This is a story of one man overcoming all obstacles and fighting to defend his way of life and his very humanity. The novel deals with the human condition, the essential ingredient to effective horror writing. Neville struggles constantly with his doubts and fears, particularly as he commits acts that he would have condemned as barbarous in the time before the plague. His needs for companionship of any kind offer us a clear image of the inner soul of man. By the end of the story, he does indeed become legend, both in his world and in ours.
While this book is advertised as one of the best vampire novels of all time, it is really not about the vampires at all, but about a man. This is the story of what one man can endure, what his limits are, how much he can accept, and what will happen when he goes too far.
Yes, there are vampires in the book, and yes, he does hunt them by day, but it's not an action story; the suspense is more pyschological. This is also one of the more different vampire books you will ever read.
Somewhat short and written precisely, words are not wasted here, and the beauty and simplicity of the language is part of the appeal that this book holds. Robert Neville is an amazingly real character, and the ending of this book is perfect. While I have not yet read the multiple other stories by Matheson in this volume, I Am Legend alone is worth the cover price.
This is where it all started. The pioneering work that later inspired George Romero's "Night Of The Living Dead" and Stephen King's "Salem's Lot" and every other tale of a normal human being fighting against the odds in a world gone mad with the hungry hordes of the undead.
Matheson, a TV writer (most notable work, "The Twilight Zone"), places us in a world where a mysterious virus has not only killed off virtually ever other man, woman and child but causes them to return as zombielike vampires intent on only one thing... to drain the blood of the living. Matheson's hero holds up in his old family home, now a battered fortress assaulted nightly by what were once his friends and neighbors and who have become the walking dead intent on taking hold and devouring him. He, in turn, waits until the morning light and searches out there hiding places in order to destroy the revenants when they are at their most vulnerable. A one man army, who is patiently, skillfully ridding his world of this vermin.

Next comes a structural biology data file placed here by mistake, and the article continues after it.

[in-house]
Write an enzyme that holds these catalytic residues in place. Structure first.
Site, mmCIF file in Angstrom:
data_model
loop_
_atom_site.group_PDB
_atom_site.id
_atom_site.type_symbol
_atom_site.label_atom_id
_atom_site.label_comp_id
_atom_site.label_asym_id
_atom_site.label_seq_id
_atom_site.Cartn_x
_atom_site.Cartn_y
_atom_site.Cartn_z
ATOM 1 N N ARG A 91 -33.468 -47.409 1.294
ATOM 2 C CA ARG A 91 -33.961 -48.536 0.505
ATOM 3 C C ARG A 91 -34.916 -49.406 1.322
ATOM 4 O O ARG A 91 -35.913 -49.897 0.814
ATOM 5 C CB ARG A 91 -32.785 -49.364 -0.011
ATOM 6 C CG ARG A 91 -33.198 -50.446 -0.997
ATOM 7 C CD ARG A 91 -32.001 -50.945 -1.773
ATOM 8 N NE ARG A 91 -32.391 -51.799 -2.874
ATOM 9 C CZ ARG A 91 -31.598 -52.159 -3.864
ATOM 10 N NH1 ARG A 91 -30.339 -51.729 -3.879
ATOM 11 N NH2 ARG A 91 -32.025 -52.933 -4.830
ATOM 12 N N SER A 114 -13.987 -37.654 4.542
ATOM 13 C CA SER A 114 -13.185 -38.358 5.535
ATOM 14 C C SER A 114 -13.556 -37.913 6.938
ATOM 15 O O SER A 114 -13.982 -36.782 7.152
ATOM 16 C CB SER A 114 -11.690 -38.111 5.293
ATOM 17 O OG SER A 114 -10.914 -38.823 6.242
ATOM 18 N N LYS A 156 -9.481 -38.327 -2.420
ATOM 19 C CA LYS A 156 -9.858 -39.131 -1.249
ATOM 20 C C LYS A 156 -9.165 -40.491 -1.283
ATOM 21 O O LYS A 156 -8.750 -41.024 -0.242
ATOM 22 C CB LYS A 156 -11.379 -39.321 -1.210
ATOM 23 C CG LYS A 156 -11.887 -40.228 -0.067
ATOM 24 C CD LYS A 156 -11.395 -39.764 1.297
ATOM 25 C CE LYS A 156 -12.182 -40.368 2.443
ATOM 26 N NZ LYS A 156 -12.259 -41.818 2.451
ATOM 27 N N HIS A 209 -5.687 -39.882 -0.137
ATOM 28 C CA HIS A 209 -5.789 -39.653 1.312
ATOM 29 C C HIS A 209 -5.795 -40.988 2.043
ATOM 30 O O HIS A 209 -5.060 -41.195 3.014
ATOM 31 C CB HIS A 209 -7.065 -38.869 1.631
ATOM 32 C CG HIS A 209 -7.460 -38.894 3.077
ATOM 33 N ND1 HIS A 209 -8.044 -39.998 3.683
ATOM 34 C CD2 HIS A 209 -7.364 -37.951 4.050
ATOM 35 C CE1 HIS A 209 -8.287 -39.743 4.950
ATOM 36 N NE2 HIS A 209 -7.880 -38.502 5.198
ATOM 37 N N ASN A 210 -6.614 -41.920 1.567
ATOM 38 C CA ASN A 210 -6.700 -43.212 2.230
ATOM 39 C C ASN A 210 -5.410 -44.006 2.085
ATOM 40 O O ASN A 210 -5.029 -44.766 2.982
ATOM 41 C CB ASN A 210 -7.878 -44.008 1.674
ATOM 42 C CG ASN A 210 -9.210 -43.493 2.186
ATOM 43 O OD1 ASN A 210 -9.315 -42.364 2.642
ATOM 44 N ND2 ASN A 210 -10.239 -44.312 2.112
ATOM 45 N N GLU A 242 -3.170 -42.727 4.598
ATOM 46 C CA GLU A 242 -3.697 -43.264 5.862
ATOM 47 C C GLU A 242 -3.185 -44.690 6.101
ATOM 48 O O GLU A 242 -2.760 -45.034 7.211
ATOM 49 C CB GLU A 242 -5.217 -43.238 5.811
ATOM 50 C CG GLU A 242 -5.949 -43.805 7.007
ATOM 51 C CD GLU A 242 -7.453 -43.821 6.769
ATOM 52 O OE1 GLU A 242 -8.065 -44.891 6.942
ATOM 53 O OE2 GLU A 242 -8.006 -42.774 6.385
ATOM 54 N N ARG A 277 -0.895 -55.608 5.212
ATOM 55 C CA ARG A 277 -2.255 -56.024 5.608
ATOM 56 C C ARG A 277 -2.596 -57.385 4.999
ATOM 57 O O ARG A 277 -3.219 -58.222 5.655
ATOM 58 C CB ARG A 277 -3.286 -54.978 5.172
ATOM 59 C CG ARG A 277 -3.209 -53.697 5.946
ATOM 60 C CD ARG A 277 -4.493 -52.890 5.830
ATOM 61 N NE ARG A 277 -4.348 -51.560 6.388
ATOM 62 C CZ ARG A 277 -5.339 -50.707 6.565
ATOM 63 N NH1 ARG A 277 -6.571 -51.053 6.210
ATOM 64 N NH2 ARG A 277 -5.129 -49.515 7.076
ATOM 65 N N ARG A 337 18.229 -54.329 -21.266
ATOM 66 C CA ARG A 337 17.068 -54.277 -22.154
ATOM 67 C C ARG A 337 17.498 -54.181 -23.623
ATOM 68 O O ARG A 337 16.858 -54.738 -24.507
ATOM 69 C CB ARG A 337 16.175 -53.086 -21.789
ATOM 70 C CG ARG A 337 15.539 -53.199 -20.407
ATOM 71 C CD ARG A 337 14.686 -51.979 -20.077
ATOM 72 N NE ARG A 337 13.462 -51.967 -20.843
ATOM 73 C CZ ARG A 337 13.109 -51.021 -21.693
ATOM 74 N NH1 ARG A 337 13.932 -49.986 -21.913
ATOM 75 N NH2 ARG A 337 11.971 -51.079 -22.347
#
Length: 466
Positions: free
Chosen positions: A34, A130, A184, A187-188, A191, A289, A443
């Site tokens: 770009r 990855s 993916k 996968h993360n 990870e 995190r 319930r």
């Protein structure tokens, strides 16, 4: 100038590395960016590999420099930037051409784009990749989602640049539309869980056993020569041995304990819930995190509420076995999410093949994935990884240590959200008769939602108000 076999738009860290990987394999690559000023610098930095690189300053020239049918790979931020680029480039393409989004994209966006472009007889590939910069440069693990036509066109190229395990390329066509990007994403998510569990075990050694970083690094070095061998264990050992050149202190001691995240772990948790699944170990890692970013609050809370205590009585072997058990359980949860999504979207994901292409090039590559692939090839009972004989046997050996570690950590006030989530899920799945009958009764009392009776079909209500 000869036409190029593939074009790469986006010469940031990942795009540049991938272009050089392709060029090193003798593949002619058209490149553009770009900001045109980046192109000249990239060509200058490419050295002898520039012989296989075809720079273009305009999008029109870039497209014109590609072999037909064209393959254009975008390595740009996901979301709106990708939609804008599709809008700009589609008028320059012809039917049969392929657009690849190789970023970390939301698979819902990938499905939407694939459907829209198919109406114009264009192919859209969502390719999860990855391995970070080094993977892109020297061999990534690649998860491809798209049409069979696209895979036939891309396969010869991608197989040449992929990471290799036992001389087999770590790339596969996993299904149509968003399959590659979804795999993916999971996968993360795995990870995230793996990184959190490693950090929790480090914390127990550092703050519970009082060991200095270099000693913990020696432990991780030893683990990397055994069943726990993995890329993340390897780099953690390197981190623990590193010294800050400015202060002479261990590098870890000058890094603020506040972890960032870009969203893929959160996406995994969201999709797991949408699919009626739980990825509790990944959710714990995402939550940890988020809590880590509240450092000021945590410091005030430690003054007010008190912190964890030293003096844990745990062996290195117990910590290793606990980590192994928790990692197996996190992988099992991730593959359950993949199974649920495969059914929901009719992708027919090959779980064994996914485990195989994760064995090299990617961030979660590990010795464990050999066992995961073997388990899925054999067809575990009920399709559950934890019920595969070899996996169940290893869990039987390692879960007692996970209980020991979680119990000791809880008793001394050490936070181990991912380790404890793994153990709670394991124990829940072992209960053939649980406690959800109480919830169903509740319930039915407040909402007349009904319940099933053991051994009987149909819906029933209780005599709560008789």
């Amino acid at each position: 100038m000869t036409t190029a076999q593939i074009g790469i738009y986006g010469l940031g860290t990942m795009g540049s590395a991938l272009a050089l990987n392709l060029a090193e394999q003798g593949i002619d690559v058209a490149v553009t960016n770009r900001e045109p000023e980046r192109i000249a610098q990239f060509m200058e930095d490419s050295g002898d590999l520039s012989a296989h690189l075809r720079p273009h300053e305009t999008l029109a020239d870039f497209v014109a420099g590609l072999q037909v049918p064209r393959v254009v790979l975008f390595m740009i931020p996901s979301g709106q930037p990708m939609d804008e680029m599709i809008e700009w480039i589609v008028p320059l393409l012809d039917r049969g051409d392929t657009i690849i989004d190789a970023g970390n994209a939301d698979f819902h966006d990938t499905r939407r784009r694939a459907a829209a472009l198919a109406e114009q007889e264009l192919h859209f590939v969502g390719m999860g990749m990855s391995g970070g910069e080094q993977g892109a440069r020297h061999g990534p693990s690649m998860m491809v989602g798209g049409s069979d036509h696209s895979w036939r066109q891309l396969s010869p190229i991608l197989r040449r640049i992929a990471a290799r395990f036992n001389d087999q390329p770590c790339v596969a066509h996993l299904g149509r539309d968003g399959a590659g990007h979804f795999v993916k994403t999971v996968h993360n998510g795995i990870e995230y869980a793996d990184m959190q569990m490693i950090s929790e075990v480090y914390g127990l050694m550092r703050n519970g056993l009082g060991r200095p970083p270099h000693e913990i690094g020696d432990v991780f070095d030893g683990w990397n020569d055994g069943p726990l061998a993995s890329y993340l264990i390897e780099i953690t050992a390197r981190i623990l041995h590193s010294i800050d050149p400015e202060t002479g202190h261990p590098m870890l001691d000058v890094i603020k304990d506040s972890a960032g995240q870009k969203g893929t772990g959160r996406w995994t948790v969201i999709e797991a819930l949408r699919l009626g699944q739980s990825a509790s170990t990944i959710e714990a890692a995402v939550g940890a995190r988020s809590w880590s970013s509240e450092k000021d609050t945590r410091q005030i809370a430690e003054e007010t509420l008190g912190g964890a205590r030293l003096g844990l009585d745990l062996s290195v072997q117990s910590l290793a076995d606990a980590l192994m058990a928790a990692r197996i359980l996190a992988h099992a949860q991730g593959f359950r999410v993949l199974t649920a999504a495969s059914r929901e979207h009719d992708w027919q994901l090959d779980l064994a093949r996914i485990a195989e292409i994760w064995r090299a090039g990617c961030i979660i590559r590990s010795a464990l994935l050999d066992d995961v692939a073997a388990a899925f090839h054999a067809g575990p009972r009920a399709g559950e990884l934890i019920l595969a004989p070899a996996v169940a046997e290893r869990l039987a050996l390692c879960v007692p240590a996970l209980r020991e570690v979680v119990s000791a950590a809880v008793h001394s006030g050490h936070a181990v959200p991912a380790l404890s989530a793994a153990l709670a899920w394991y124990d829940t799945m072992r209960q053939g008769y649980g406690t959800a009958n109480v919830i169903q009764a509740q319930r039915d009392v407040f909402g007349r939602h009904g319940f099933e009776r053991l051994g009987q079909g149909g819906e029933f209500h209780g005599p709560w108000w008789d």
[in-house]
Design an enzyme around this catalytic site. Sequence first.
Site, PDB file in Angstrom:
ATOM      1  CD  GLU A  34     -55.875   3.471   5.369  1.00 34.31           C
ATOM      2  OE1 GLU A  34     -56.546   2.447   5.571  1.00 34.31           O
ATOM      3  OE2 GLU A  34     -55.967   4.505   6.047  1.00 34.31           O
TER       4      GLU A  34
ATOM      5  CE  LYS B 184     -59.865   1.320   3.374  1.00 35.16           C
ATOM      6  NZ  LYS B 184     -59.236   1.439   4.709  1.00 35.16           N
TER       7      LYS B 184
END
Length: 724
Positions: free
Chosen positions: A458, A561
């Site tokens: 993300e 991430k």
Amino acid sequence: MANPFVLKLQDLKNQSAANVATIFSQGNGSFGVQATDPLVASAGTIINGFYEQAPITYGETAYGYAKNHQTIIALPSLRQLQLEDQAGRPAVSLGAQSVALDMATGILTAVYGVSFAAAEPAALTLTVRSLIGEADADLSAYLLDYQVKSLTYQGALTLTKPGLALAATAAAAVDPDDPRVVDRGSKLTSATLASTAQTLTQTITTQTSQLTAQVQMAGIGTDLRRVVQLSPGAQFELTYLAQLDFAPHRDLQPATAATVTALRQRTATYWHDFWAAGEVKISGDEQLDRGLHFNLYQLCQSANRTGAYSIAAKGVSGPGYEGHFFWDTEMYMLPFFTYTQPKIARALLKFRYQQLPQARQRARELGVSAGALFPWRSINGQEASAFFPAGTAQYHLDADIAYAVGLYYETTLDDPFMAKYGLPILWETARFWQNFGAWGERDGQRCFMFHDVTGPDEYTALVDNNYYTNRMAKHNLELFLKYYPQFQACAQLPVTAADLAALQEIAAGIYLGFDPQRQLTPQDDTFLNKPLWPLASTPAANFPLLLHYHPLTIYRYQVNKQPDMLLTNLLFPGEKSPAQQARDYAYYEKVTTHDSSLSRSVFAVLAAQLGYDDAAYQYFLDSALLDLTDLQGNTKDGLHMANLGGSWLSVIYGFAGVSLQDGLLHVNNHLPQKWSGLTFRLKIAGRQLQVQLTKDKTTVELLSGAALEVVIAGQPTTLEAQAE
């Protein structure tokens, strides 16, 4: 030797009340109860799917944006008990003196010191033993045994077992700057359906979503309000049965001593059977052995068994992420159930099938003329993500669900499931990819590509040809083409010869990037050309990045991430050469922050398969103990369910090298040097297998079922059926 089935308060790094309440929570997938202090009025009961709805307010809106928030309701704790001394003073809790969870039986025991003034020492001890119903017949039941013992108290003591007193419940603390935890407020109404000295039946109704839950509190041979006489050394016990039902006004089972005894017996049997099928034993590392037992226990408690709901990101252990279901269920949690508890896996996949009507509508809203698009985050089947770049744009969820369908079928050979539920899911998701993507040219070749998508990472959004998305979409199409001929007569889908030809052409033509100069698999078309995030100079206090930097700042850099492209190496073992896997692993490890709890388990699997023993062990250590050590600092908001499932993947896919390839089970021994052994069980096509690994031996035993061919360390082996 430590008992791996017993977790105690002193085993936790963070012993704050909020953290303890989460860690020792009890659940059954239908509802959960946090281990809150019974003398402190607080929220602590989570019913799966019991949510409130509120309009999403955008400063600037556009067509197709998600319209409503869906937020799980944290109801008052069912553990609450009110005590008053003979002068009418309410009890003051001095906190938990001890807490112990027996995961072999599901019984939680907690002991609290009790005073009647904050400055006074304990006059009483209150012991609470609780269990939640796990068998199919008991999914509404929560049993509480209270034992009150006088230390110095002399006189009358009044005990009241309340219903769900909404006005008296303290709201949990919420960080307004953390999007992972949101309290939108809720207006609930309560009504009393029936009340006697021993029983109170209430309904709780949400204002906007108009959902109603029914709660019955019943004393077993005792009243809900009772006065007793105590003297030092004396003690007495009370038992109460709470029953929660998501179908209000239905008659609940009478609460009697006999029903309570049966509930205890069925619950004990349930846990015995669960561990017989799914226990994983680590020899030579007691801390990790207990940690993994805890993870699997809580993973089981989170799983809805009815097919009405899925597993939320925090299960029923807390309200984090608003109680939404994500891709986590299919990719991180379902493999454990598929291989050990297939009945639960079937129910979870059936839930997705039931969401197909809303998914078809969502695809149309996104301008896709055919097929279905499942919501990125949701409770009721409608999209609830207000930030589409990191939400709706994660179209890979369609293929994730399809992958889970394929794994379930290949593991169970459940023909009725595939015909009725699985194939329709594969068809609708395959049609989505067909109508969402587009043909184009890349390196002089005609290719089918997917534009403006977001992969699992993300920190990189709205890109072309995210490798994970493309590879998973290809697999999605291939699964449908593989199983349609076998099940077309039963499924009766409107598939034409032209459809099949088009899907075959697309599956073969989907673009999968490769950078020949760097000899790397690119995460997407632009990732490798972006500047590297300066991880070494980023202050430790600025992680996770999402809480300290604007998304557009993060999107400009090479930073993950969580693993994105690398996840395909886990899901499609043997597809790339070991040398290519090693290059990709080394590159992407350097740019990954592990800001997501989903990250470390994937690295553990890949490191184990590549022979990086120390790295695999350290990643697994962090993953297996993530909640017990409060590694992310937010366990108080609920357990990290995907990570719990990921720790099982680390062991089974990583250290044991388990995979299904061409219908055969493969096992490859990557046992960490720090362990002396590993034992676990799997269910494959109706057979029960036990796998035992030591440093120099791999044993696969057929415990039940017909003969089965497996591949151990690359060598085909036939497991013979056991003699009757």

Fortunately, in one of his sweeps he finds that there is another who is doing the same thing. He is not alone in the world afterall.
Unfortunately, this other wants to destroy him as well.
Matheson wrote a thinking man's horror novel. He touches on that feeling of alienation and loneliness that pervades so much of our modern world. A world that places us as pawns, used (and often victimised) by the science and technologies of our own creation. However, Matheson also inspires in the reader a feeling of hope and fighting back even if the odds are staggeringly against us. He appeals to the survivalist instincts that every healthy, normal man and woman possess. He builds the anger in us to strike back and overcome the menace to our existence.
Two movies made were based on "I Am Legend": "The Last Man On Earth", starring Vincent Price and the classic, "Omega Man", starring Charleton Heston. Neither of these came close to the quality of this novel. This book is essential reading and keeping for every horror fan, especially us zombie fanatics. Now go order this book!